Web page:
Local company makes book-size 3-D printer

Local company makes book-size 3-D printer

SINGAPORE - Home-grown company Romscraj has developed one of the world's first portable 3-D printers, called Portabee Go.

When folded, the 2.8kg Portabee Go is only 8cm high and 22cm long and wide - the size of a hardcover book.

From December, it will be available for sale at romscraj.com for US$595 (S$740).

Romscraj co-founder Wee Kiam Peng believes the product can be a useful tool for designers, architects and engineers when they present plans to clients outside the office.

"Design changes can be made quickly on a computer for the printer to print a new object," said the 38-year-old.

This machine follows the company's first 3-D printer Portabee, which sold more than a thousand units here and overseas for US$495 each.

But Portabee Go almost did not take off.

Earlier this year, Mr Wee approached a government agency for a grant of $250,000 to develop the printer.

"But the officer told me 3-D printers were common and was not supportive. I was disappointed, I knew there was a demand. My partner and I took out (our) savings of $250,000 and invested in the project."

Initial sales inquiries have already come in after the product was presented at two 3-D printing exhibitions in China and Singapore in the last two months.

The six-man team at Romscraj, which has a small production office in Yishun industrial park, is looking at ramping up manufacturing.

"We're hoping to raise $1 million from investors so that we can expand manufacturing to Shenzhen in China," said Mr Wee, a computer engineering graduate from Nanyang Technological University.

One advantage of 3-D printing is that it uses software instead of moulds to make an object. By tweaking the software, objects can be quickly customised.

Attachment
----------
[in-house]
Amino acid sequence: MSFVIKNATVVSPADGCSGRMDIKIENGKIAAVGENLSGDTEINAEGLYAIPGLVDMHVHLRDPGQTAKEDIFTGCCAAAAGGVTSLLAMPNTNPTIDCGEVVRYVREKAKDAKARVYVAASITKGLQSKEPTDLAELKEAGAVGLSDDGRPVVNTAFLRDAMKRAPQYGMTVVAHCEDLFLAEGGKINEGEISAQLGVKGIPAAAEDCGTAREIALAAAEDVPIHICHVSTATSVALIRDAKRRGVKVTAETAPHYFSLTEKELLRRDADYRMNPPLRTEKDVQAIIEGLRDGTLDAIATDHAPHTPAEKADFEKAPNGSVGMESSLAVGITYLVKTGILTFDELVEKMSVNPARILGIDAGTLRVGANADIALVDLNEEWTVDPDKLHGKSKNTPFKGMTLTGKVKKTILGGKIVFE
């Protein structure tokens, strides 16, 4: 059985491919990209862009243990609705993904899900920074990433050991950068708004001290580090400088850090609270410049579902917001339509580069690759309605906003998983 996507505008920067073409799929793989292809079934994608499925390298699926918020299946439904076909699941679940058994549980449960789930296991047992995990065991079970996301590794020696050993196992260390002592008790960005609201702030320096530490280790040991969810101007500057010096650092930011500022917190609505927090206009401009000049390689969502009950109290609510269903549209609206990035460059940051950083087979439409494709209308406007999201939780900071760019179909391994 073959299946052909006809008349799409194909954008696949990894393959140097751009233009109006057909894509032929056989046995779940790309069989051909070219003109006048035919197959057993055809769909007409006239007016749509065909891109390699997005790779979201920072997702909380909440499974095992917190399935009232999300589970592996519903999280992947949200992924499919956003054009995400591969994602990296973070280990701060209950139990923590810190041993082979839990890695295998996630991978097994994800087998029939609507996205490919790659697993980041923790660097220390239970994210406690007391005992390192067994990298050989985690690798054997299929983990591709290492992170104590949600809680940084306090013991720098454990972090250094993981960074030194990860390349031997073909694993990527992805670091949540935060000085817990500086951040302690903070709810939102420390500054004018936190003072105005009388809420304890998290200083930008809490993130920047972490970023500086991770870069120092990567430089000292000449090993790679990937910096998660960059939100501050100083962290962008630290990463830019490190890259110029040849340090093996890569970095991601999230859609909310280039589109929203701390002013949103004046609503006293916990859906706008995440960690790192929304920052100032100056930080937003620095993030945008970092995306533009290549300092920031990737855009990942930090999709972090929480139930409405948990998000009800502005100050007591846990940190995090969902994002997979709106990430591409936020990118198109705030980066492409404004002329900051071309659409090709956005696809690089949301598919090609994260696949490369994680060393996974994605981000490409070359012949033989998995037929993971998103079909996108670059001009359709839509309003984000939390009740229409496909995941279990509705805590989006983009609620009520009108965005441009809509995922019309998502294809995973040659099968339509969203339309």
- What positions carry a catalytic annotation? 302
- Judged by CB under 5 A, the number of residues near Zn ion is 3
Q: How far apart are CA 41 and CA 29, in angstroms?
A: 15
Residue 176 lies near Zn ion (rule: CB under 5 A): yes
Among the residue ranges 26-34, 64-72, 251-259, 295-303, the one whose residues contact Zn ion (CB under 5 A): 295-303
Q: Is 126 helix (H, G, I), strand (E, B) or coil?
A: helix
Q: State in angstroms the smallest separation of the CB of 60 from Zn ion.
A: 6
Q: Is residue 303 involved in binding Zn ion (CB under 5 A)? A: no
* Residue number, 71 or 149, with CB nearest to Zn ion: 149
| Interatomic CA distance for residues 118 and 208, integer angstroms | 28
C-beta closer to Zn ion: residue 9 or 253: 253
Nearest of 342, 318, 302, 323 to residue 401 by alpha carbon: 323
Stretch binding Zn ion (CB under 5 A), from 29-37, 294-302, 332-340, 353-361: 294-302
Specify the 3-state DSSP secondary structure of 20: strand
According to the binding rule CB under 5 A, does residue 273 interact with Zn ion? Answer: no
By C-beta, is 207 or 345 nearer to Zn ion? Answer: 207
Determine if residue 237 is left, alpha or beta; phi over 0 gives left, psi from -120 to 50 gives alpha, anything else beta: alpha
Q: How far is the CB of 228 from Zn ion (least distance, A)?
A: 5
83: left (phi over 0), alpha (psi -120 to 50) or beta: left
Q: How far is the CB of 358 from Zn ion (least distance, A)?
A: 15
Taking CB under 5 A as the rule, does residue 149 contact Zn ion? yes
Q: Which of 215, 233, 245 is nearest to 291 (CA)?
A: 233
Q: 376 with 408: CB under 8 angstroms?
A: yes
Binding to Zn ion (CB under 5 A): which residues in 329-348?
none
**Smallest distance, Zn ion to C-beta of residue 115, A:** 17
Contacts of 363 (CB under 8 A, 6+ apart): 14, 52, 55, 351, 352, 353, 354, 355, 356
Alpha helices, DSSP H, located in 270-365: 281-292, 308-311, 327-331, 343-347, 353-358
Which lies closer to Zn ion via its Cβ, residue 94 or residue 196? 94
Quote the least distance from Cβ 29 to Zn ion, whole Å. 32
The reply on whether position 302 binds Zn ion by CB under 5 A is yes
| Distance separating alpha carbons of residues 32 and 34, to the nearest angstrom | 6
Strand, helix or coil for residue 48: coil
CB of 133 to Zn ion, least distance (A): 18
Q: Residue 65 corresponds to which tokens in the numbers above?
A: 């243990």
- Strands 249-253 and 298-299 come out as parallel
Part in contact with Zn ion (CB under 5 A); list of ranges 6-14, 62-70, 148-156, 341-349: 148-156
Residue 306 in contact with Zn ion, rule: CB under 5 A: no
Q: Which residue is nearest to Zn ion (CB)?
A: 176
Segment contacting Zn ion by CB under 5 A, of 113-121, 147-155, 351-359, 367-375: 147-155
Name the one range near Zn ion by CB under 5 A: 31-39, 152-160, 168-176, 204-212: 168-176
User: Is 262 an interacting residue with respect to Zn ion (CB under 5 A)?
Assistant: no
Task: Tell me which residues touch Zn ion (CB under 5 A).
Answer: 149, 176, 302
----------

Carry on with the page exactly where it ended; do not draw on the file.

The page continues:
Initially used by engineers and manufacturers to build quick prototypes, it is now even used to make parts for aircraft engines and medical devices. According to consultancy Wohlers Associates, the 3-D printing market was worth US$2.2 billion worldwide last year, up 29 per cent from 2011.

In Singapore, 3-D printing grabbed headlines earlier this year when another local company, Pirate3D, successfully raised US$1.6 million on crowdfunding site Kickstarter to manufacture its printer called The Buccaneer.

Romscraj - formed from the words "from scratch" - was founded in 2011. It is profitable because of Portabee sales, which have been so good that for two months this year, Mr Wee had to postpone online marketing activities so that the company could catch up with production.

The company's first printer proved popular because it came with detachable parts. When stacked, they could fit into a 14-inch laptop bag.

He was inspired to develop his own device after buying his first 3-D printer for US$1,225 from an American company called MakerBot. "It came in five parts and I had to assemble the printer myself. As an engineer, I felt we could do a better job," he said.

Even as he prepares the Portabee Go for production, Mr Wee is already developing the company's next innovation - an electronic sensor the size of a 10-cent coin, which can be embedded into an object.

He said: "It has Internet connectivity. It will collect data on prototypes and send the information to designers... It has always been my dream to innovate and create new products that can be sold globally as a Singapore brand."


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